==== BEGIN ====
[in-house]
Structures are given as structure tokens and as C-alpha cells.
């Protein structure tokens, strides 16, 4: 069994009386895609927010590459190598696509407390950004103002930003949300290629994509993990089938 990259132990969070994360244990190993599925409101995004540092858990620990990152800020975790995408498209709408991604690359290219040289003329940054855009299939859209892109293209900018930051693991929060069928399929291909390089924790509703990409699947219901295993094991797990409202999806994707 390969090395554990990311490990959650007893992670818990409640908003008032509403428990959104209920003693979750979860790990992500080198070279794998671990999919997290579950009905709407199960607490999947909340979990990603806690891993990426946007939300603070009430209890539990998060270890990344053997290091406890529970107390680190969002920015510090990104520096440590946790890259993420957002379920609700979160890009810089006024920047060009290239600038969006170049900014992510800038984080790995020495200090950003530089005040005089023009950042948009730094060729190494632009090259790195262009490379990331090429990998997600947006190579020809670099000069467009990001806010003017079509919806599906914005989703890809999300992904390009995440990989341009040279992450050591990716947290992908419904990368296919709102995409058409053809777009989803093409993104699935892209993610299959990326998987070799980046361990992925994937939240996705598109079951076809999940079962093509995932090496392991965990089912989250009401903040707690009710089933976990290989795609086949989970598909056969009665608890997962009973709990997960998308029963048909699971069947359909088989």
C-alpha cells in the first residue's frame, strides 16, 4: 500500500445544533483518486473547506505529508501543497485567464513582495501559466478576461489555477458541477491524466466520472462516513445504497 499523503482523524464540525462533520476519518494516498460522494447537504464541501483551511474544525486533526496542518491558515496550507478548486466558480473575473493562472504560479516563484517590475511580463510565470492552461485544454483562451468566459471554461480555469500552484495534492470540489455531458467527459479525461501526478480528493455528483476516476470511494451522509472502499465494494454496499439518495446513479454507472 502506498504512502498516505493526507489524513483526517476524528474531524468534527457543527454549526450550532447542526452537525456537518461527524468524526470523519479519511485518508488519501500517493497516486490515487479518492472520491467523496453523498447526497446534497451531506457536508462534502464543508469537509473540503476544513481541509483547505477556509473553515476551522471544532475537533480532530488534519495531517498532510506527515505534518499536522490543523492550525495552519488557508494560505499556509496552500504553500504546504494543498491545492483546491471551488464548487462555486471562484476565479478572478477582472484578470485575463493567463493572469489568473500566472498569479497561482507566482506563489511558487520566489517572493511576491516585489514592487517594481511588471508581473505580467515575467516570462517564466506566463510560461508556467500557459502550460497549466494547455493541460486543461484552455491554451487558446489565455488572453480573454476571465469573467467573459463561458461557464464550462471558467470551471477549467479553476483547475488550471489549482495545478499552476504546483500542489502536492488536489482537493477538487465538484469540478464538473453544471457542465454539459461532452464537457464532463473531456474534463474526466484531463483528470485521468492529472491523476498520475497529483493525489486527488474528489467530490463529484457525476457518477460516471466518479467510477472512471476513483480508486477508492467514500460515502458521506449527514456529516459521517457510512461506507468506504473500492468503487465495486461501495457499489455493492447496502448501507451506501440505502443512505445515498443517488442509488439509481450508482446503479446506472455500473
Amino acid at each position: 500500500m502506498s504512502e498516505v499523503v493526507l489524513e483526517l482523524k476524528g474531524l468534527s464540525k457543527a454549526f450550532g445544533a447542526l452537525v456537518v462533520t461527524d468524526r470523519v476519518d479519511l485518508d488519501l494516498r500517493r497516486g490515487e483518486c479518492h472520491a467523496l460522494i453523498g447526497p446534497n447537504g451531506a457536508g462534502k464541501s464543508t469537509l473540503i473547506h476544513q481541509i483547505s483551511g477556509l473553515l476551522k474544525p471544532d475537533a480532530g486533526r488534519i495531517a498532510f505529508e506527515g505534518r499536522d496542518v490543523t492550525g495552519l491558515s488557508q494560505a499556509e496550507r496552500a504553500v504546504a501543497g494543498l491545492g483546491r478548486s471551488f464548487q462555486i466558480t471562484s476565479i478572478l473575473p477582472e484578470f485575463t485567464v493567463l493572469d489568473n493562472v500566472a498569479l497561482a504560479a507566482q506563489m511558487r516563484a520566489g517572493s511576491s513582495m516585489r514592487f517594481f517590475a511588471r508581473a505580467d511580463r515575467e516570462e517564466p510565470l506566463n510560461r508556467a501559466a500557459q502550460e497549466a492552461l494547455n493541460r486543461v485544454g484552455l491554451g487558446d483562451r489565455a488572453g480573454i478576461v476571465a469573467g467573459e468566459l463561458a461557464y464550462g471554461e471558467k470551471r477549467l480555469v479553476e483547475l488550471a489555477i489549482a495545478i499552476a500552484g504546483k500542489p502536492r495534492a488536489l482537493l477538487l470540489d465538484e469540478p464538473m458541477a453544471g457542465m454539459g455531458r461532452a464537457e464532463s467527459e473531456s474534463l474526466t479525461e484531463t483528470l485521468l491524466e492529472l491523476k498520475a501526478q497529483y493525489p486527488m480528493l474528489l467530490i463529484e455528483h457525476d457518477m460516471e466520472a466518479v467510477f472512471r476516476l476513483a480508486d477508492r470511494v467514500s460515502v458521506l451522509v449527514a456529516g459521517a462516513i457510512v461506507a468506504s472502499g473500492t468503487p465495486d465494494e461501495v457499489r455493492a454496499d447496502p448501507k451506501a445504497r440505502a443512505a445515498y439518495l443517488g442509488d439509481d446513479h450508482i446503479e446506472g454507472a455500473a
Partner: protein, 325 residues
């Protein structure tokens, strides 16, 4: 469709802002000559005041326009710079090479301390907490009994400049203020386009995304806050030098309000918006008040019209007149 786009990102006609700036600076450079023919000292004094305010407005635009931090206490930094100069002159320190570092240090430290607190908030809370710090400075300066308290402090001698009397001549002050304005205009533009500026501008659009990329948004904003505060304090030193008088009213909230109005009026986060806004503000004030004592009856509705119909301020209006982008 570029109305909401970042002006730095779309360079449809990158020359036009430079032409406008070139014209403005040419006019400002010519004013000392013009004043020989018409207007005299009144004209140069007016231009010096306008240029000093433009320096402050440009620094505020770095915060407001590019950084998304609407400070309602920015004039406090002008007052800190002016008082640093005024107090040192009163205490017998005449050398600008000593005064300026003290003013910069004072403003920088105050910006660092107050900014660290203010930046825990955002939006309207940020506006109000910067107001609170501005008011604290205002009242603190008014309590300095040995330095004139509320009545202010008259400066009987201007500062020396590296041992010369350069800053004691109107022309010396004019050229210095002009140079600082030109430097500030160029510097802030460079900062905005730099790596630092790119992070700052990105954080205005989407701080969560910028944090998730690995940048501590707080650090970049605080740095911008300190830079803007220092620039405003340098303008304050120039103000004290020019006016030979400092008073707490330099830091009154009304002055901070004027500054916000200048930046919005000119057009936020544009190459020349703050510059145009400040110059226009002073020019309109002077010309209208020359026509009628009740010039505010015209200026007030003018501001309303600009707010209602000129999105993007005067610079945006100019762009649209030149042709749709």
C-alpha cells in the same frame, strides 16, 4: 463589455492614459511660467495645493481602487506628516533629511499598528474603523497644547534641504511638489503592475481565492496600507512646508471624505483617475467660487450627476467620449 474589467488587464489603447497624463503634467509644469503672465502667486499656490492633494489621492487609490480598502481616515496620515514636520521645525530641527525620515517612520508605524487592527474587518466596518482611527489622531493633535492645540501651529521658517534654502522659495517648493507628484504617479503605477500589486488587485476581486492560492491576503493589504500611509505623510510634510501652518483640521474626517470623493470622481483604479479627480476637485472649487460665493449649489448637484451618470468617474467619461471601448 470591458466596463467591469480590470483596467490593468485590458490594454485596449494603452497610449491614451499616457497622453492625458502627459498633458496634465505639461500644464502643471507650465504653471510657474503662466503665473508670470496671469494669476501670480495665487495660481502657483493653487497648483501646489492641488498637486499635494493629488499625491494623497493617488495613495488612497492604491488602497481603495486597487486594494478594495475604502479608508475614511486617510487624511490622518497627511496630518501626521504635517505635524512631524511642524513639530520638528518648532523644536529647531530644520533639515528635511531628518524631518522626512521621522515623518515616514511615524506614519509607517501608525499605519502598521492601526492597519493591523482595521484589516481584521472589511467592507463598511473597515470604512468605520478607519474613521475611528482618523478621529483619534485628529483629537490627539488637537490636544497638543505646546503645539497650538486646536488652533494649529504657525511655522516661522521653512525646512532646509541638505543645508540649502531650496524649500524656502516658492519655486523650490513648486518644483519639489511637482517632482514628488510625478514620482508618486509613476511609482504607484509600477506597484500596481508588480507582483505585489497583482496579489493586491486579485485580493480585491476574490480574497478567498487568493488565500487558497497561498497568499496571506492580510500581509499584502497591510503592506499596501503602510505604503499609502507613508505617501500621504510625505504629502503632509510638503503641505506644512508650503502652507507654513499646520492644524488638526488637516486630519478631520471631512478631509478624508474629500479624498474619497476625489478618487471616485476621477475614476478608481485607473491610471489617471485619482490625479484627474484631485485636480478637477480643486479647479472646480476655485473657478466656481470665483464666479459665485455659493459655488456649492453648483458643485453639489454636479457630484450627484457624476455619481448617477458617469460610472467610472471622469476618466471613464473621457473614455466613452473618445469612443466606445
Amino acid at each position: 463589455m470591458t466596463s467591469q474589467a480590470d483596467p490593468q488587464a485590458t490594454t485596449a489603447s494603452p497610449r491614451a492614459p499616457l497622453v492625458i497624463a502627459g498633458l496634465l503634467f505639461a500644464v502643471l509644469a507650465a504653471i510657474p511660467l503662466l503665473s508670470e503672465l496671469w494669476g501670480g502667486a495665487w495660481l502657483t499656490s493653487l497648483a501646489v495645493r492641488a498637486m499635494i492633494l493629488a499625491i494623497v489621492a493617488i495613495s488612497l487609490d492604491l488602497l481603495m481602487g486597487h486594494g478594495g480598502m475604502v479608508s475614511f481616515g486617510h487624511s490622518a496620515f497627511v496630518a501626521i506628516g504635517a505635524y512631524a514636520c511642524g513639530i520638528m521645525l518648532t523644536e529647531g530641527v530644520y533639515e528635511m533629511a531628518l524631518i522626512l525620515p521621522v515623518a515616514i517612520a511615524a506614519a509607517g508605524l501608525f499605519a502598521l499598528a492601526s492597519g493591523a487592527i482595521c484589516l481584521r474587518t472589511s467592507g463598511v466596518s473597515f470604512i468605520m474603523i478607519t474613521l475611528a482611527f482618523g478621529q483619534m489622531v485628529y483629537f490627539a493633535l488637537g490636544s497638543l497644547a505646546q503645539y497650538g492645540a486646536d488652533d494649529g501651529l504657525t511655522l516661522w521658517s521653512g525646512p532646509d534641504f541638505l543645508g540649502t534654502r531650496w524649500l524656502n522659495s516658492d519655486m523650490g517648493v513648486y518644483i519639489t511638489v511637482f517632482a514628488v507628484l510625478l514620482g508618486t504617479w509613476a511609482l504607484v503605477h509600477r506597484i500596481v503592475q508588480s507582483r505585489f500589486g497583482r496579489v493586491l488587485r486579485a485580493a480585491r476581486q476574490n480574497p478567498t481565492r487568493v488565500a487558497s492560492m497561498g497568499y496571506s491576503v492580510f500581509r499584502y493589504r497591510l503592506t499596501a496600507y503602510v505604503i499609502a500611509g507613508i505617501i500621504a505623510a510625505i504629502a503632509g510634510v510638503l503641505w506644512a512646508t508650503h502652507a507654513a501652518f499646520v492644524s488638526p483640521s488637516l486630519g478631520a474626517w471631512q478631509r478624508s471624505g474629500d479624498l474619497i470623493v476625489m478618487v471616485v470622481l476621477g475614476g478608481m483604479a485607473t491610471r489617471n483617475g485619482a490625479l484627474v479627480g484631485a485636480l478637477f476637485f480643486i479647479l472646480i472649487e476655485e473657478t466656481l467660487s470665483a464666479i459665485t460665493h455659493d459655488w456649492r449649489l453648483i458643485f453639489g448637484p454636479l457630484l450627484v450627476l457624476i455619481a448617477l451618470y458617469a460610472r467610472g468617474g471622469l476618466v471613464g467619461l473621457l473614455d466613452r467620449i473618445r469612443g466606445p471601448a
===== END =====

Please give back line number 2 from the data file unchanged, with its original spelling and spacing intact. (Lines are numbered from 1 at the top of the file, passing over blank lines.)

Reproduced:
Structures are given as structure tokens and as C-alpha cells.